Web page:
Investors in Nigeria’s Free Zones sector have proffered ways to strengthen the Nigerian Export Processing Zones Authority (NEPZA) and the Oil and Gas Free Zones Authority (OGFZA) for better performance.
Apart from the ongoing reforms initiated by the Federal Ministry of Industry, Trade and Investment, which has culminated in the government’s amendment of foundation laws for the two agencies, they demanded other fundamental regulatory changes in the sector.
Also, they called for a technical audit of the country free zones as part of the ongoing reform, to determine their viability and relevance to the continued development and growth of the Nigerian economy.
Besides, they urged the government to sustain the policy actions already taken by the Minister of Industry, Trade and Investment, Adeniyi Adebayo, and the Minister of State in the Ministry, Mariam Katagum, to sanitise the sector and create a level playing field for all operators.
The investors include Eko Support Services Free Zone, Lagos; Brawal Oil Services Limited; Marine Club of Nigeria; the Institute of Export Operations and Management, Onne; and Notore Power and Infrastructure Limited, Onne, Rivers State.
The president of the Marine Club of Nigeria, Chinedu Jideofo-Ogbuagu, and a director in the Institute of Export Operations and Management, Paul Akande, said they fully endorsed the ongoing reform initiatives by the ministry to make the sector more viable.
Consolidate gains of reforms
Messrs Jideofo-Ogbuagu and Akande urged the ministers to consolidate the gains of the reforms by instituting a technical audit of the operations of the free zones in the country to determine their viability and relevance to the Nigerian economy.
“The new dawn in the nation’s free zones industry should enjoy the support of all operators who despaired over the confusion and unnecessary bickering of the past,” Mr Jideofo-Ogbuagu said.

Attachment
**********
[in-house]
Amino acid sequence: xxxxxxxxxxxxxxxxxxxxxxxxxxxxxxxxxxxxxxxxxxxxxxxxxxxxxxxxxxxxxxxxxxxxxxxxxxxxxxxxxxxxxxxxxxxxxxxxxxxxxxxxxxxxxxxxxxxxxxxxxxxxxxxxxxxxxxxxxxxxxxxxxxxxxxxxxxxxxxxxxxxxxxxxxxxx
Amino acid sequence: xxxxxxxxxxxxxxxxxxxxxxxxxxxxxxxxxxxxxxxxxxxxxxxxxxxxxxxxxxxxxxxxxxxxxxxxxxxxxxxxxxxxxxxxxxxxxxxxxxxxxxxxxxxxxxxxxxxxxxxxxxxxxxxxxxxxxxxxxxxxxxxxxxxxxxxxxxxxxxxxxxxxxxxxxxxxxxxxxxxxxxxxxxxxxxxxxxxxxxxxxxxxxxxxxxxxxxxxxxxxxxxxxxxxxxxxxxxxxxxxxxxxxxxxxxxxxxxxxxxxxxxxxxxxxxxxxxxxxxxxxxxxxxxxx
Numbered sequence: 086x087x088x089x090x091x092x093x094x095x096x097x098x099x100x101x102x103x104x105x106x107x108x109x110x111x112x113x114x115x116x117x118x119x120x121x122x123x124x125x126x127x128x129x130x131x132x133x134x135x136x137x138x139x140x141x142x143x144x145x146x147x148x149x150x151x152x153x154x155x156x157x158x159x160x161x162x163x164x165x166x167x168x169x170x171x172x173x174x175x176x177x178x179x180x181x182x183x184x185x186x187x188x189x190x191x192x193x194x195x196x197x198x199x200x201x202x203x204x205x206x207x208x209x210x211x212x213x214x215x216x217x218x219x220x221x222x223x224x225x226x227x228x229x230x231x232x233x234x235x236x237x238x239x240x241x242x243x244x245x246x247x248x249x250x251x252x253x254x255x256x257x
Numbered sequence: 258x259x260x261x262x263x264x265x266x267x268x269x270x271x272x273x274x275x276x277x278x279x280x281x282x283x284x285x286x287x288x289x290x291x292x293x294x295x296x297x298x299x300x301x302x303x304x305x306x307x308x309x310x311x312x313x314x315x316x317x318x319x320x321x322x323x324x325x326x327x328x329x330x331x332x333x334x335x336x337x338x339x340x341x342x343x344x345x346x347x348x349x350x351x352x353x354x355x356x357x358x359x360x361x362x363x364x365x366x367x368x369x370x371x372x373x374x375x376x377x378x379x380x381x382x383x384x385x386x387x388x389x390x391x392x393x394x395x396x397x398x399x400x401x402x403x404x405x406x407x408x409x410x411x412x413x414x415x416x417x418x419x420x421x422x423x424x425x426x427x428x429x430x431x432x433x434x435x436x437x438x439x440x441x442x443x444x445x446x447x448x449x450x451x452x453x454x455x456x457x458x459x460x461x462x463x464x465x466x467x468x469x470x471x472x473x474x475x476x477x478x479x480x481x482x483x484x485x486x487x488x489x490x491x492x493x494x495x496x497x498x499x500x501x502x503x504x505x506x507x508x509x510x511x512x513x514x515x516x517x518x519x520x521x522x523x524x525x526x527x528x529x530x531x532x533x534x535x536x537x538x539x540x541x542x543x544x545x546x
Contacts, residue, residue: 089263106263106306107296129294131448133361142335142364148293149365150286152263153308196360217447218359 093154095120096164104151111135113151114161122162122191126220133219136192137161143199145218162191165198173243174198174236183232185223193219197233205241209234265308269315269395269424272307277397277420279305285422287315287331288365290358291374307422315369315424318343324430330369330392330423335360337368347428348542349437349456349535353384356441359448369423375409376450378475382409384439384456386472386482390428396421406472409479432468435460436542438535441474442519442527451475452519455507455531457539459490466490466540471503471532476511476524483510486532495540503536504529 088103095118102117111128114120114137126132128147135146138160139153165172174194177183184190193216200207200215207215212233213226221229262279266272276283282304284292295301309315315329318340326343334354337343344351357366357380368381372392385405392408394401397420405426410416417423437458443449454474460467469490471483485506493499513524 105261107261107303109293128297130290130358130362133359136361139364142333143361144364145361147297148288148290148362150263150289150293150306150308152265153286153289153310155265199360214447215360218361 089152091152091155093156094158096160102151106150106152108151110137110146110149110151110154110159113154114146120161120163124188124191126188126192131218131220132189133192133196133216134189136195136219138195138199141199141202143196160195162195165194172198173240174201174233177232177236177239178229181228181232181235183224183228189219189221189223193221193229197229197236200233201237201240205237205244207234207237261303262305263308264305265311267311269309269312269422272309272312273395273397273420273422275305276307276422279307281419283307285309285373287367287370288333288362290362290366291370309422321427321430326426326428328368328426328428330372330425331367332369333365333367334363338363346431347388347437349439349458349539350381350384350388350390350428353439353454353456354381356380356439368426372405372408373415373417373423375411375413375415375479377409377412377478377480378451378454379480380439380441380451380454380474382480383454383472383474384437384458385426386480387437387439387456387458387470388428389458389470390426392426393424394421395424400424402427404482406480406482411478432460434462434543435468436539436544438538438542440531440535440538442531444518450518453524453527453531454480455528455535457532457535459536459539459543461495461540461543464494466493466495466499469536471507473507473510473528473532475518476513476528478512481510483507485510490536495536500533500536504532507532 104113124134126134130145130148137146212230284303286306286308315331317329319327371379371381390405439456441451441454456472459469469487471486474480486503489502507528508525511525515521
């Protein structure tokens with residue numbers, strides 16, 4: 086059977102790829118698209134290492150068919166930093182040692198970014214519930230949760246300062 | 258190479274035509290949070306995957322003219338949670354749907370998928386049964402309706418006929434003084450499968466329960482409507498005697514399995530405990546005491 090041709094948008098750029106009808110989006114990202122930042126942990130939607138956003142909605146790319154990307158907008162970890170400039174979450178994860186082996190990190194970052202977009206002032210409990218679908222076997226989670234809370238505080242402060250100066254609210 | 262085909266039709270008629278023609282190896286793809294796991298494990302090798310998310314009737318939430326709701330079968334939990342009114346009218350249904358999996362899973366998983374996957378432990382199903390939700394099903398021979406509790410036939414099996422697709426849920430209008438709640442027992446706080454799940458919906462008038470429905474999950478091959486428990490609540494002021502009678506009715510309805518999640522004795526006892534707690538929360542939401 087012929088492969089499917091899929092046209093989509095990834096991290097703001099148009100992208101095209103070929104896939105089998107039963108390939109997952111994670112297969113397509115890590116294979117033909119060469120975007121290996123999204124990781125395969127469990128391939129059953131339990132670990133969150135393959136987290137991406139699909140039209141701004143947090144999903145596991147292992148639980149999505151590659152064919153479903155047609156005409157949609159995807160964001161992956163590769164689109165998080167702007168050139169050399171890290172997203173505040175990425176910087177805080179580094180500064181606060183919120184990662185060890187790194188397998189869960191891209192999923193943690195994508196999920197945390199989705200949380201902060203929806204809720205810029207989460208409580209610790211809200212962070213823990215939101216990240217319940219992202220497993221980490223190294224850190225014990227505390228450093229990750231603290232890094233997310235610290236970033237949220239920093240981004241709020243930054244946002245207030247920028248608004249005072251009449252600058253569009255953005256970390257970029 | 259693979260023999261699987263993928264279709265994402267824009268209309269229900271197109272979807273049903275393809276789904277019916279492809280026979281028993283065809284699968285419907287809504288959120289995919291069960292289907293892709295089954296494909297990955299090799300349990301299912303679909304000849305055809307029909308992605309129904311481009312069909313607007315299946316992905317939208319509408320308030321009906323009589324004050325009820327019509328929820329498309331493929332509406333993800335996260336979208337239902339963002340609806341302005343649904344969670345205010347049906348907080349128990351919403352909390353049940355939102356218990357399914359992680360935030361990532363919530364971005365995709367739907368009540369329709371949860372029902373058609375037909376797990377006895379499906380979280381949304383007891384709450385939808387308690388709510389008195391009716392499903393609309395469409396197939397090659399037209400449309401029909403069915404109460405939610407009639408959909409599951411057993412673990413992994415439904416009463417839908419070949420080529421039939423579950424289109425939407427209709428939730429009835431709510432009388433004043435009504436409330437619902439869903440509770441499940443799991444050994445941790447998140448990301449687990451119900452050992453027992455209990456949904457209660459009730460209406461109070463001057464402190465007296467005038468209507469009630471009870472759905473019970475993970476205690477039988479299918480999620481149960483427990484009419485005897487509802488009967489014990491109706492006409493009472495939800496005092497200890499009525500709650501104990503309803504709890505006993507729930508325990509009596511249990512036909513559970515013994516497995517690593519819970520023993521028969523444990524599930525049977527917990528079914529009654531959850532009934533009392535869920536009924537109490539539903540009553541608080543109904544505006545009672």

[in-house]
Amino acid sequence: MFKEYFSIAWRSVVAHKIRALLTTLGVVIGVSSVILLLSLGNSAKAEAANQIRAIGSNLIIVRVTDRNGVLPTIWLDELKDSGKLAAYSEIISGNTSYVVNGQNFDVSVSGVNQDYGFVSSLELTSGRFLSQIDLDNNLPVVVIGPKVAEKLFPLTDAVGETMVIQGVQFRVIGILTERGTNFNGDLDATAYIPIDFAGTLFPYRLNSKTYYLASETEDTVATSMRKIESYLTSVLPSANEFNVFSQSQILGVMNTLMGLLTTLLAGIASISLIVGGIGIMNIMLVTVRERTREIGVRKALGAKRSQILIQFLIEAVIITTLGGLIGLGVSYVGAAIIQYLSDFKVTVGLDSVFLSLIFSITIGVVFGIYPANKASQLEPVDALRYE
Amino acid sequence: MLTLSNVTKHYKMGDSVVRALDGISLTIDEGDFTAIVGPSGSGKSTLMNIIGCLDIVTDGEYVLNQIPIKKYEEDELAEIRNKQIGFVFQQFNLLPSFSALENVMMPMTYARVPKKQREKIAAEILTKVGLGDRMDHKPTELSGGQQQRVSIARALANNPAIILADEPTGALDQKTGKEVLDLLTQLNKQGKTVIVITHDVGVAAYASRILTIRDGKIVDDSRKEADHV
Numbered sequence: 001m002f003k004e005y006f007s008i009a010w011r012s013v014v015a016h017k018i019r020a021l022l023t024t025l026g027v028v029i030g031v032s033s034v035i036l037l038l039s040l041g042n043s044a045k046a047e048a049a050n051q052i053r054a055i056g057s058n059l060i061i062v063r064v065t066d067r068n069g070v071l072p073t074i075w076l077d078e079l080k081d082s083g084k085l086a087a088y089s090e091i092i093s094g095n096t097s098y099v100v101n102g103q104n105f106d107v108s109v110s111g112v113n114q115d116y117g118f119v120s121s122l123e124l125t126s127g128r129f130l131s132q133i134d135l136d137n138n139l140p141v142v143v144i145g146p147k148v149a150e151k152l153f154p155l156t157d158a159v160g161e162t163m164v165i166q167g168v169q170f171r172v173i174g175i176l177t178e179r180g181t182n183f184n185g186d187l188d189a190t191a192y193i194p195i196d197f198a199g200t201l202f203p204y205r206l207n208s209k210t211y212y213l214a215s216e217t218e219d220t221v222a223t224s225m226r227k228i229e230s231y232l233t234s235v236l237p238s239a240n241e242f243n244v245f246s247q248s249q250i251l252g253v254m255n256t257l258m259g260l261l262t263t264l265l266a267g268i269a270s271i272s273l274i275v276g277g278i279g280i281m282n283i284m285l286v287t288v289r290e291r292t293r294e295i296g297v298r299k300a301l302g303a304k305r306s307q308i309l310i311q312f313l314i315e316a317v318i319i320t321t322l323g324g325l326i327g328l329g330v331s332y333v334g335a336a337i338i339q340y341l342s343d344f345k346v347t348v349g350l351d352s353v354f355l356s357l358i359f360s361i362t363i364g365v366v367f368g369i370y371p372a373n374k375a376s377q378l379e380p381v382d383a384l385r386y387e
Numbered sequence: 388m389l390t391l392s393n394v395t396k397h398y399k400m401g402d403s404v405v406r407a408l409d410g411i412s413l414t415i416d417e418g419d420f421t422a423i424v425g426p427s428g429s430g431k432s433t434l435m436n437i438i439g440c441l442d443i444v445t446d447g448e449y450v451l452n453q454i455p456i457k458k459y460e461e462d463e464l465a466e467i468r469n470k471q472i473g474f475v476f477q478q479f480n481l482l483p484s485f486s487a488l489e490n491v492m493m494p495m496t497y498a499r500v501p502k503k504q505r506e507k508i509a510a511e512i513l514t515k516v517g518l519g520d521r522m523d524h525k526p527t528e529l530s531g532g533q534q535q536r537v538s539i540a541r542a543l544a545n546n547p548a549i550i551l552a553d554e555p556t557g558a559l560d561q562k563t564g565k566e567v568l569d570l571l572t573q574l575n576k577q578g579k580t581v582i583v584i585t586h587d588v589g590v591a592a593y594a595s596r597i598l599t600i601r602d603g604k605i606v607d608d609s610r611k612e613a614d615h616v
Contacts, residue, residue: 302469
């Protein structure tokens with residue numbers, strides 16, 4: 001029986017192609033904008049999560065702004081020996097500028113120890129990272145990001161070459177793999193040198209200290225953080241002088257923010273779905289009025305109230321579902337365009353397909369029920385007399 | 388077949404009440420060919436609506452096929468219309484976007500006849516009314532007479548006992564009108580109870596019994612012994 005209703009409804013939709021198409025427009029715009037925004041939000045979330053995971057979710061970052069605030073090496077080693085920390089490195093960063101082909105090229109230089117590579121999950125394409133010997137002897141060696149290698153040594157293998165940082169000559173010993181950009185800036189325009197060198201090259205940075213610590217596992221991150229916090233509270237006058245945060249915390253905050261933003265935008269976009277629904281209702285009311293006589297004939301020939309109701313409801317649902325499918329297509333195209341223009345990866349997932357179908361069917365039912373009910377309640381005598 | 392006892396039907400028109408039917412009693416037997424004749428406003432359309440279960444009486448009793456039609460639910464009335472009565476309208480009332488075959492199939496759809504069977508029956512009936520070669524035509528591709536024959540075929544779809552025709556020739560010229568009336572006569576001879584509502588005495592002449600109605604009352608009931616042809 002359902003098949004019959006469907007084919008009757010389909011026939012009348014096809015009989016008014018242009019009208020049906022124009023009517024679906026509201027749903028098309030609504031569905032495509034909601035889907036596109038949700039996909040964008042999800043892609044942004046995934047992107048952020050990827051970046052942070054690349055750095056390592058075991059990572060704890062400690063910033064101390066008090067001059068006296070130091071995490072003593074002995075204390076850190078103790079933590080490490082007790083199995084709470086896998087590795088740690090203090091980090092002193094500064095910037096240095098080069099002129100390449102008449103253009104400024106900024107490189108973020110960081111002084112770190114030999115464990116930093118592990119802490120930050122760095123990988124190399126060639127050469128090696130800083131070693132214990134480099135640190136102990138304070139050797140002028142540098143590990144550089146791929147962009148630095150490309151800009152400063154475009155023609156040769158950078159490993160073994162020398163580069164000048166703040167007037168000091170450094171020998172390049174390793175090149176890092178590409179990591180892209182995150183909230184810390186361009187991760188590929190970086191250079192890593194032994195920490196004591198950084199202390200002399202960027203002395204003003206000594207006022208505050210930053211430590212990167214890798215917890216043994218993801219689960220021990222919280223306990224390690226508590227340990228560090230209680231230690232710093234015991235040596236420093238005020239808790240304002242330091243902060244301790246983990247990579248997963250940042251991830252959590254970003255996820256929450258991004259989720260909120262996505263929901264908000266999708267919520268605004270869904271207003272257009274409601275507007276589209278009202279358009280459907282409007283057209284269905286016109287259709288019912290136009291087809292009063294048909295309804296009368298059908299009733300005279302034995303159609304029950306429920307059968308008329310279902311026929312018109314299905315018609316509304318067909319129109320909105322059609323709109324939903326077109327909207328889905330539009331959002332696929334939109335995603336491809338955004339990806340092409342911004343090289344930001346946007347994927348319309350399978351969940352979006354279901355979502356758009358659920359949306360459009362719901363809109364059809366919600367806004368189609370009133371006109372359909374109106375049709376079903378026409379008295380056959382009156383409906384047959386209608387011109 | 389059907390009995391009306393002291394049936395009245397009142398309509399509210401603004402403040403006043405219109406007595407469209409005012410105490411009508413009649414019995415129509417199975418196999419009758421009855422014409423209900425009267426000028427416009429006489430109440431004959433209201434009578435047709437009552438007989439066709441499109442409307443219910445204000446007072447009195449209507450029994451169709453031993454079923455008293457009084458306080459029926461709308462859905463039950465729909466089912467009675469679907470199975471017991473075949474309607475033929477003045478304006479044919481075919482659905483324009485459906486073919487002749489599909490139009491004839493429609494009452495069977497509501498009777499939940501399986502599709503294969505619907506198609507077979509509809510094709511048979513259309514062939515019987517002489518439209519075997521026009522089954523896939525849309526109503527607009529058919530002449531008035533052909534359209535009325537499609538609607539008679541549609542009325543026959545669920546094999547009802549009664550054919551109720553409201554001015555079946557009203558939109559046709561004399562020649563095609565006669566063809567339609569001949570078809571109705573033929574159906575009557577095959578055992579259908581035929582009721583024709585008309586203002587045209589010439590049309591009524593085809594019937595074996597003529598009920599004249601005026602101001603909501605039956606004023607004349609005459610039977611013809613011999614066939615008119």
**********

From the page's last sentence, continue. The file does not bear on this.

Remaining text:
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The chief executive of Eko Support Services Free Zone, Seni Edu, said the various actions needed to reposition the sector were long overdue and urged players in the sector to cooperate with the ministry to achieve the right outcome.
The managing director of Brawal Oil Limited, a free zone developer in Onne, Rivers State, Charles Etugbo, described the reform initiatives by the ministry as “a bold and welcome step” that must be sustained.
For Femi Solebo, chief executive of Notore Power and Infrastructure Limited, part of the consortium that owns Notore Industrial City, a free zone developer in Onne, the ongoing reforms initiated by the ministry promise exciting period of policy clarity to investors.
He said he expects the ongoing reform programme to strengthen investor confidence in the nation’s free zones industry.
The extant Acts establishing both NEPZA and OGFZA have not been reviewed for more than two decades.
The clamour for the review survived successive administrations, with operators describing the exercise as long overdue so as to make them relevant to the modern-day industry.
The operators said the various amendments would have addressed the ambiguity question, particularly in the OGFZA law, which has been the source of inter-agency conflicts with NEPZA for many years.
Following the appointment of the current minister, the process to amend the principal laws that established both NEPZA and OGFZA was launched, to bring them in line with current realities in the industry, and strengthen the two agencies for better performance.
The process kicked off with two strategic stakeholders’ engagements to mobilise ideas that were incorporated into the draft bill to the National Assembly for the amendment of the OGFZA Act of No. 8 of 1996.
A similar forum to tap stakeholders’ inputs for the amendment of the NEPZA Act of 1992 was put on hold by the federal government following the suspension of all official activities involving its agencies in the wake of the outbreak of the current global COVID-19 pandemic.